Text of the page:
Inhalants can cause sudden death just like stimulants by causing irregular heart rate and consequently causing heart failure. But along with that, certain inhalants (such as toluene and naphthalene) can cause damage to the myelin sheath in nerves fibers which directly help conduct nerve impulses. More nerve damage due to inhalants can cause complications similar to those who suffer from multiple sclerosis, a central nervous system disease that causes issues with coordination, weakness in limbs, numbness/tremors, issues with attention/memory, and speech impediments. Chronic use of inhalants can also cause issues with movement, hearing, vision and cognition.

As you can see, chronic drug use does cause degeneration of the body and the brain.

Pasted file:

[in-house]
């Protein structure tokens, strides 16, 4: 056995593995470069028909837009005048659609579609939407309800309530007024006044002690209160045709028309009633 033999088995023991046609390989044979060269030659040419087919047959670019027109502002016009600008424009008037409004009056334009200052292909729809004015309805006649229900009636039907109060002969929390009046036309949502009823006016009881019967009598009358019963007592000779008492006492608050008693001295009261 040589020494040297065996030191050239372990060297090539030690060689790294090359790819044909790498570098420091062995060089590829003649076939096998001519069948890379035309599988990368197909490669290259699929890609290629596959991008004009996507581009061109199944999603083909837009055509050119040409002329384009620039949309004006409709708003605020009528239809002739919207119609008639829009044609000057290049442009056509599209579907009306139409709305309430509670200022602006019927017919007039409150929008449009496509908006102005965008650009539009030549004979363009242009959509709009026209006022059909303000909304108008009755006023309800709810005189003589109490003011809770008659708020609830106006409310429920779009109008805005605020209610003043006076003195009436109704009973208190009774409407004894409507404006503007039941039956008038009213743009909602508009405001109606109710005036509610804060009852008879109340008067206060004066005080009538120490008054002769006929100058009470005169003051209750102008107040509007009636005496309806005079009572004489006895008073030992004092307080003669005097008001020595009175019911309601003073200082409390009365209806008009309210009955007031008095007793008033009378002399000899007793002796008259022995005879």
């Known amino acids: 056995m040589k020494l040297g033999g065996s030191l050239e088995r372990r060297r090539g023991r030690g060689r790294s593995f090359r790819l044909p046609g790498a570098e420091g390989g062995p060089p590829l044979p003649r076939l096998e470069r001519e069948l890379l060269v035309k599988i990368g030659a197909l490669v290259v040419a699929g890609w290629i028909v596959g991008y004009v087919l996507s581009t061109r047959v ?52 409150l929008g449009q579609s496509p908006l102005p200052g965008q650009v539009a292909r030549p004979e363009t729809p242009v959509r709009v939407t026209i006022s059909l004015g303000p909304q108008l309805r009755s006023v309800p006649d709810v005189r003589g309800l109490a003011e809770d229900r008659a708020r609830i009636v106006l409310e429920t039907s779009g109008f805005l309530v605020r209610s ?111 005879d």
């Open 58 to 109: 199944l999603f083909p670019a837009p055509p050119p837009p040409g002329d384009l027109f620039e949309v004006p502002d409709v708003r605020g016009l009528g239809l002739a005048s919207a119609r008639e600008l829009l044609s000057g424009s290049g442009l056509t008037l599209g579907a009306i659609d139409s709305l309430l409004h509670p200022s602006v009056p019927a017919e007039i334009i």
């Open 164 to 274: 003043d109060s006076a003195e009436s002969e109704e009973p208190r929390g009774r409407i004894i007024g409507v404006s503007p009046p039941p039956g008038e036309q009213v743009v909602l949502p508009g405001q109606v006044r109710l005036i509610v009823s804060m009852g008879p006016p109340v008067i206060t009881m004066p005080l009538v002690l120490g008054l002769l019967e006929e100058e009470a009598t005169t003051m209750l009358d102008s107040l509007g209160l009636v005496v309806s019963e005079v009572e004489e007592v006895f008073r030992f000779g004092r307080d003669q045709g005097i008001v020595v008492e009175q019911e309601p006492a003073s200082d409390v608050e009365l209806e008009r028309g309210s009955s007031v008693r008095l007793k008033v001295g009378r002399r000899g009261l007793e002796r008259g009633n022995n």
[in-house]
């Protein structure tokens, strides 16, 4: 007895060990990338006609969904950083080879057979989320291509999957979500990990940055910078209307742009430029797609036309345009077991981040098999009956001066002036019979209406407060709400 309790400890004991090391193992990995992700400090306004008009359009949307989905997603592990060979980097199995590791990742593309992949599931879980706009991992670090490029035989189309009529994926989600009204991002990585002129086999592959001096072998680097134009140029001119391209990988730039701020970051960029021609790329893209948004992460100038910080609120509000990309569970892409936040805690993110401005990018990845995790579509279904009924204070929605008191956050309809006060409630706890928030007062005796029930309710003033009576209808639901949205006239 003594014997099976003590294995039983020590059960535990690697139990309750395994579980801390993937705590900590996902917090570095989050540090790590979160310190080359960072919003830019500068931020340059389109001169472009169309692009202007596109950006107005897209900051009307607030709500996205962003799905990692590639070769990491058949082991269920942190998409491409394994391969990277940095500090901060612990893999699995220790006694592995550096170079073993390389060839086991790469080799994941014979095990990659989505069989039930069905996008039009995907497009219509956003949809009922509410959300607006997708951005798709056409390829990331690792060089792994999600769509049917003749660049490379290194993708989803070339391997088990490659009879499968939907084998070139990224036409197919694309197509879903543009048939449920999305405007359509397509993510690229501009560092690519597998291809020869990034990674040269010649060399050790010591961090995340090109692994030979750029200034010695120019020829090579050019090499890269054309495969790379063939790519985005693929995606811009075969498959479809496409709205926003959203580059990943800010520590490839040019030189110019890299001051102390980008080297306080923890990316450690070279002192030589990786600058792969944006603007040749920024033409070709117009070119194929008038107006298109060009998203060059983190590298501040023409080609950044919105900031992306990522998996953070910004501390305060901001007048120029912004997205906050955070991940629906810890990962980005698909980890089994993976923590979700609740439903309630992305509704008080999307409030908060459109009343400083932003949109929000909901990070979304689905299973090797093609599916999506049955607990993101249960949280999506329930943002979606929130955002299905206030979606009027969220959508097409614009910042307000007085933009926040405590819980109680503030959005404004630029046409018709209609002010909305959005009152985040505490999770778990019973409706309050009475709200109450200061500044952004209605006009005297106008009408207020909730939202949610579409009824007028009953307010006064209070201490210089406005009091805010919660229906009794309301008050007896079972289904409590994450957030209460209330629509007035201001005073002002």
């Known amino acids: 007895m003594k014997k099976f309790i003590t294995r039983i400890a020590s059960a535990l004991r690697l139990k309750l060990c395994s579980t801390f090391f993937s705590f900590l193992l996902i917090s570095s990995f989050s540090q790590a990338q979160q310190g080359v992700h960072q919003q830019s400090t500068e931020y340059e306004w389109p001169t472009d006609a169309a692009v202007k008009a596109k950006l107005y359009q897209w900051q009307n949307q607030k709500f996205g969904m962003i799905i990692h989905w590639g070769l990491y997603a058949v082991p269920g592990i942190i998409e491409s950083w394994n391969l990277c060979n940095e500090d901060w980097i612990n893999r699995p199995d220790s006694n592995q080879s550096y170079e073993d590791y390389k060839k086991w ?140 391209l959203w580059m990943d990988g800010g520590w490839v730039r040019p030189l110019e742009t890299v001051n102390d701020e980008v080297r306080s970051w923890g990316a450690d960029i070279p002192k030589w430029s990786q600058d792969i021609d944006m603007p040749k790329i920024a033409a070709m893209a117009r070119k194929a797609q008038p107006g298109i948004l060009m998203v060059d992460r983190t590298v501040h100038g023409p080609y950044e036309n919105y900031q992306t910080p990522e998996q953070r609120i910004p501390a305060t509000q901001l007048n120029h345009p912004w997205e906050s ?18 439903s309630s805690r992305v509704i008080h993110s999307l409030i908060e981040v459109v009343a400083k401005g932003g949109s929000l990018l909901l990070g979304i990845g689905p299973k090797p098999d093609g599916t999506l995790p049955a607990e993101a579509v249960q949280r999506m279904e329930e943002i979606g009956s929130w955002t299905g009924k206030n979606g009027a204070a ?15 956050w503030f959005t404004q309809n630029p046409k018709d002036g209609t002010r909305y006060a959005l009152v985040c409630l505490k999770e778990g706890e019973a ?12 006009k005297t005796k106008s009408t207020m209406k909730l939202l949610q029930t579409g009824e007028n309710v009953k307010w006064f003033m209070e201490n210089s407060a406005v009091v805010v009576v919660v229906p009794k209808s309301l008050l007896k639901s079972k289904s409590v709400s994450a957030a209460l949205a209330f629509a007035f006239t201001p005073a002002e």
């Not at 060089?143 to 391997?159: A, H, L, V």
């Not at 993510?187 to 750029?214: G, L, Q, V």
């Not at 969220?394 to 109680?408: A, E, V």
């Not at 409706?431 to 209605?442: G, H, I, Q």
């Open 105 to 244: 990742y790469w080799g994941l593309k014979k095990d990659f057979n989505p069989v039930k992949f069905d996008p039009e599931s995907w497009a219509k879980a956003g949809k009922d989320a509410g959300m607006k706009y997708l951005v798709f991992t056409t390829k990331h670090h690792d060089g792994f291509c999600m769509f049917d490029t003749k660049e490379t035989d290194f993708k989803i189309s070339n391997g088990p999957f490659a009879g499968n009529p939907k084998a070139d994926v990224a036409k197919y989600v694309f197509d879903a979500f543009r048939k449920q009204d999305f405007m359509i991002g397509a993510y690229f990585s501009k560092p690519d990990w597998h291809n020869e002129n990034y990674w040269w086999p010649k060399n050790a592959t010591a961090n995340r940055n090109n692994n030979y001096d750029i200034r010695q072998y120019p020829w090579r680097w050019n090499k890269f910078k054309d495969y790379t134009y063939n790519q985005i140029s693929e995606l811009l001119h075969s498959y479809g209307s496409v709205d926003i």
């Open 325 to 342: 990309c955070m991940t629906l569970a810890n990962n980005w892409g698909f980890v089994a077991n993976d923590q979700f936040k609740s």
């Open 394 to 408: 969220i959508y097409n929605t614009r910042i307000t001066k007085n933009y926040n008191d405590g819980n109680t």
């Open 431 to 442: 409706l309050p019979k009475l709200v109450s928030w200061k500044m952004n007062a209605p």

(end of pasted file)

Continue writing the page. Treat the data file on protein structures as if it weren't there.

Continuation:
The next part of the article that I have an issue with is the line "A patient with cancer is not cured if locked in a cell, whereas an alcoholic is automatically cured. No access to alcohol means no alcoholism." For someone who is heavily addicted to drugs, quitting cold turkey can be incredibly unsafe. There are plenty of drugs where if you were to put this person locked in a cell and force them to quit, they'll die. For some people, using these drugs long enough causes their body to literally become dependant on them to function. Sudden withdrawal can cause some serious issues. Alcohol withdrawal can cause brain damage, seizures, heart palpitation, and death. A combination of these is called delirium tremens, which occurs in up to 10 percent of all alcoholics who attempt to detox and ultimately kills 35 percent of them. In fact, Psychology Today says that quitting alcohol, benzodiazepines, and opioids cold turkey, without medical help, can kill you.